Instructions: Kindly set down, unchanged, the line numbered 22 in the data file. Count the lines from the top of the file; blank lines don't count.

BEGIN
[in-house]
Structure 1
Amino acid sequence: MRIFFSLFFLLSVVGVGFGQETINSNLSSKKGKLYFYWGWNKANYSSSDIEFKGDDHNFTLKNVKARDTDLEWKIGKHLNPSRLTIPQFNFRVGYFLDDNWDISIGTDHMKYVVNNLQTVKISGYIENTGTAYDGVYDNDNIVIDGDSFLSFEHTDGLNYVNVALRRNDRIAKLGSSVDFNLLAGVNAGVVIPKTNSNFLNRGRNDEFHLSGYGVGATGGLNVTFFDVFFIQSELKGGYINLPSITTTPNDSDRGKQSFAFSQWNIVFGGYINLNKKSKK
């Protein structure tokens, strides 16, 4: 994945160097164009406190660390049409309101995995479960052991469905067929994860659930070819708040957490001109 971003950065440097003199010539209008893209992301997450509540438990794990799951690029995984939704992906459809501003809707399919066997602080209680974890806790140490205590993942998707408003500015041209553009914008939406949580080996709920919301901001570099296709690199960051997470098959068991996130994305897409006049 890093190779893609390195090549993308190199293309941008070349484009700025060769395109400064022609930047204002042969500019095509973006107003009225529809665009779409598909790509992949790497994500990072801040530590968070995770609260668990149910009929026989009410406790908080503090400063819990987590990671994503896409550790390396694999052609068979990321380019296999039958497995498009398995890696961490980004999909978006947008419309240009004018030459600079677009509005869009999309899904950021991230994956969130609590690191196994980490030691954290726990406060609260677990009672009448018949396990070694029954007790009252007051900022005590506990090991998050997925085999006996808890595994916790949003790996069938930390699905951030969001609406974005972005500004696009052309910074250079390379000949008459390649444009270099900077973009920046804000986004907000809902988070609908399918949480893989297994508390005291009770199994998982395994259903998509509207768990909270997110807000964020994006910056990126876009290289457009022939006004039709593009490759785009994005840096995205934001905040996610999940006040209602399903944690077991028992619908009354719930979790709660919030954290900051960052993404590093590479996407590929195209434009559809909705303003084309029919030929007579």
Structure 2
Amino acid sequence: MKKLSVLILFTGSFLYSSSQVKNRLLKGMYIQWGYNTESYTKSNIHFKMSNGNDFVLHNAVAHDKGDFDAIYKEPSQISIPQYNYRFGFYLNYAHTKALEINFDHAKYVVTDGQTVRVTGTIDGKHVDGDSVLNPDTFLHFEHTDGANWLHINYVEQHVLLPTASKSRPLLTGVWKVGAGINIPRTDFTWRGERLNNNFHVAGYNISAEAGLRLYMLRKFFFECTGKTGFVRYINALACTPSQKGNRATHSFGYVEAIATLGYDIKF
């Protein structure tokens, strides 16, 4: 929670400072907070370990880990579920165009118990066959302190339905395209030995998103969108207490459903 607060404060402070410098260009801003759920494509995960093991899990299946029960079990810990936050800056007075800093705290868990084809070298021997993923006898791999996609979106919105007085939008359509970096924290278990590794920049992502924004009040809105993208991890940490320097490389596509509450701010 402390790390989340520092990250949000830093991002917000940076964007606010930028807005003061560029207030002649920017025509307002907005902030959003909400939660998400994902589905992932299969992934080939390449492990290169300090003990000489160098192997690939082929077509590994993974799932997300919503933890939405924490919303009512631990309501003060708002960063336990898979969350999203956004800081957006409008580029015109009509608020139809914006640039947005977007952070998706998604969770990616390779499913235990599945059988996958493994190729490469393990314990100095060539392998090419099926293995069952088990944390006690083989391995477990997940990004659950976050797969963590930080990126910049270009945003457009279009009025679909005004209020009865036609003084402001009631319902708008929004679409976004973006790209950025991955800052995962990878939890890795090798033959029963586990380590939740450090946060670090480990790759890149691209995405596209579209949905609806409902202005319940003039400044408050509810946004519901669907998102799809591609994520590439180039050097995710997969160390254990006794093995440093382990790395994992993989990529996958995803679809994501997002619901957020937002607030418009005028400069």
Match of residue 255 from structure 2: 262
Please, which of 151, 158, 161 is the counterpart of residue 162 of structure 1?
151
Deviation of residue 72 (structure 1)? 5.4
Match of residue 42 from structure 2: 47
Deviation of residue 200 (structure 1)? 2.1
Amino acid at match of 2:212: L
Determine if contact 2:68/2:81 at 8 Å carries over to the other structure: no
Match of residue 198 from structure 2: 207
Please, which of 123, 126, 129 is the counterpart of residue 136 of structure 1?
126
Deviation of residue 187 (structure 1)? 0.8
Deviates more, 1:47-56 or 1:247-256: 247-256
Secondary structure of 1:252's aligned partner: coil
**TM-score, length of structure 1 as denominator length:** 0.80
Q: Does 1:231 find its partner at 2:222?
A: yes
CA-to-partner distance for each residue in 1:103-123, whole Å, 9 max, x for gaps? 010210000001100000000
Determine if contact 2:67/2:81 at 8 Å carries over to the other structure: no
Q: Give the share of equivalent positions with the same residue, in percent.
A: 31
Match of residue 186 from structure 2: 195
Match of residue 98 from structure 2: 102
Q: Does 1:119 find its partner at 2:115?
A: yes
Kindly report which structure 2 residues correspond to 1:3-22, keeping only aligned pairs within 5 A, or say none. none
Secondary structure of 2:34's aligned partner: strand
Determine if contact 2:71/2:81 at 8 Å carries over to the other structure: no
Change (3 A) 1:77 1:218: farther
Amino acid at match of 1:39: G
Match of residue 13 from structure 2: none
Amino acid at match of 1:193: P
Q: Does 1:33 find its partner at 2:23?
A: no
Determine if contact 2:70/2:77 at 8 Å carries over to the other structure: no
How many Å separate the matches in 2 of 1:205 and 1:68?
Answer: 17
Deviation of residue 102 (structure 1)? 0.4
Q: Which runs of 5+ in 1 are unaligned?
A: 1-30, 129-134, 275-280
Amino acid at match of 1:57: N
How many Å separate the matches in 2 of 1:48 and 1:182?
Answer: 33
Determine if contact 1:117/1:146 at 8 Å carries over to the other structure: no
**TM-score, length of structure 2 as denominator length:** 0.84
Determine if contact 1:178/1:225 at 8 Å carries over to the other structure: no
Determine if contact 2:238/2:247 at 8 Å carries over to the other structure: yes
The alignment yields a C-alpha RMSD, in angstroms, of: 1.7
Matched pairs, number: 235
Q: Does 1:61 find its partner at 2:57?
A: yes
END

**TM-score, length of structure 1 as denominator length:** 0.80